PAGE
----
Representatives of the stakeholders in European professional football (FIFPro, UEFA y EPFL) today officially received the Don't Fix It Good Practice Guide, which is designed to help professional football players' associations play their part in efforts to protect their members and to protect football from match-fixing and other threats to integrity.
At the start of the two-day closing conference of the Don't Fix It project, this Tuesday in Ljubljana, Slovenia, Birkbeck University's Dr. Andrew Harvey handed out the first Good Practice Guides to FIFPro Secretary General Theo van Seggelen, UEFA Professional Football Affairs Manager Mattias Grafström and EPFL General Secretary Georg Pangl.
The Good Practice Guide is one of the main results of the joint education and prevention campaign from FIFPro, UEFA, Birkbeck University and the European Union.
Dr. Harvey: "The principle that underpins the Good Practice Guide is that each country faces its own particular problems. As a consequence, it is necessary for each country to develop its own solutions and design its own interventions in order to tackle match-fixing."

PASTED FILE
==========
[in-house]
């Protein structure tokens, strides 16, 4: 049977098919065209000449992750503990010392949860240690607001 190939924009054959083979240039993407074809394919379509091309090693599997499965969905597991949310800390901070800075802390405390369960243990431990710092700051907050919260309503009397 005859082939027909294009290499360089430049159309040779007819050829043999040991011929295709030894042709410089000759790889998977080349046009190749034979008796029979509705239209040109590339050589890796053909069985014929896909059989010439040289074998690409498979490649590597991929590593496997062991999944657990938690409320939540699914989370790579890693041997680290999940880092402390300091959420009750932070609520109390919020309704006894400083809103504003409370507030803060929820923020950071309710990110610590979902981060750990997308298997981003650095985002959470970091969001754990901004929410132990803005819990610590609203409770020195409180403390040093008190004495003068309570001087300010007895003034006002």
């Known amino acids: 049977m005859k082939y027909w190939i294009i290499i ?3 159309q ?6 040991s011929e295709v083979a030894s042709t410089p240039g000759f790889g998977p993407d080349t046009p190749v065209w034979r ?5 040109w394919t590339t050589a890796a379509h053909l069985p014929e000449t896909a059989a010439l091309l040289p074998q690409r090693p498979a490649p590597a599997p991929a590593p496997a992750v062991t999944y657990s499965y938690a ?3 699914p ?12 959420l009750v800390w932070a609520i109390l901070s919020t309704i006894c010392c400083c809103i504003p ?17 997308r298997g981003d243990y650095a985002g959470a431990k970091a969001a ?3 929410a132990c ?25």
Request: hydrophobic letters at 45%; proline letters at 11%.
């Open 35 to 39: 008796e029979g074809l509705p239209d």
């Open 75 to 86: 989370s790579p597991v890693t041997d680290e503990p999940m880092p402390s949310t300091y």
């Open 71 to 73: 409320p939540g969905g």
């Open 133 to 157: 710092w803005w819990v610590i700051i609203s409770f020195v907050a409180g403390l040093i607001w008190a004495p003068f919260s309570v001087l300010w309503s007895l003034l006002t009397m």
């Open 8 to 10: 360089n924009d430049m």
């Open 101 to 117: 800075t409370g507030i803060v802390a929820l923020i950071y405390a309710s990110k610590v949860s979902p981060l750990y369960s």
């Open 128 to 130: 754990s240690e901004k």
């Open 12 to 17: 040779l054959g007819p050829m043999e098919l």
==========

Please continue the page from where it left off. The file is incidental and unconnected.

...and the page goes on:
This 40-page guide is partially based on the findings from the research performed by Dr. Harvey and nine professional footballers' associations among nearly 2,000 players, but also draws on lessons from the fields of social marketing, psychosocial studies, behavioural economics and motivational psychology.
The Guide addresses the following principles and suggestions:
- Influencing behaviour
- Involvement of stakeholders
- Establishment of national task forces
- Decent wages and wages paid on time
- Good governance
- Clear rules
- Code of Conduct
- Player education
- Reporting mechanisms
The Guide includes several case studies about different initiatives from some unions, such as the mobile app launched by the Finnish players' association JPY ("Players Red Button"). This device gives players the opportunity to secretly and confidentially report attempts to manipulate matches.
The Good Practice Guide will be distributed among all participants in this project, including the members and representatives of the nine professional footballers' associations that participated in the Don't Fix It project: AIC Italy, AFAN Romania, HLSZ Hungary, JPY Finland, NISO Norway, PFA England, PFA Scotland, PSAP Greece and SPINS Slovenia. They will set to work in their own country with the Good Practice Guide, to strengthen their network and, for example, to develop or improve their promotional programmes.
FIFPro will also be concentrating on its other members. Match-fixing is, after all, a problem that must be tackled worldwide. With the help of the Good Practice Guide, FIFPro also expects to be able to develop networks and promotional programmes with a large number of its other 46 members.
Tony Higgins, Don't Fix It chair and FIFPro Division Europe Vice President: "This Good Practice Guide is a significant step in our fight against match-fixing. It will help us and our unions to develop structural policies to fight match-fixing."
- Published: 16 December 2013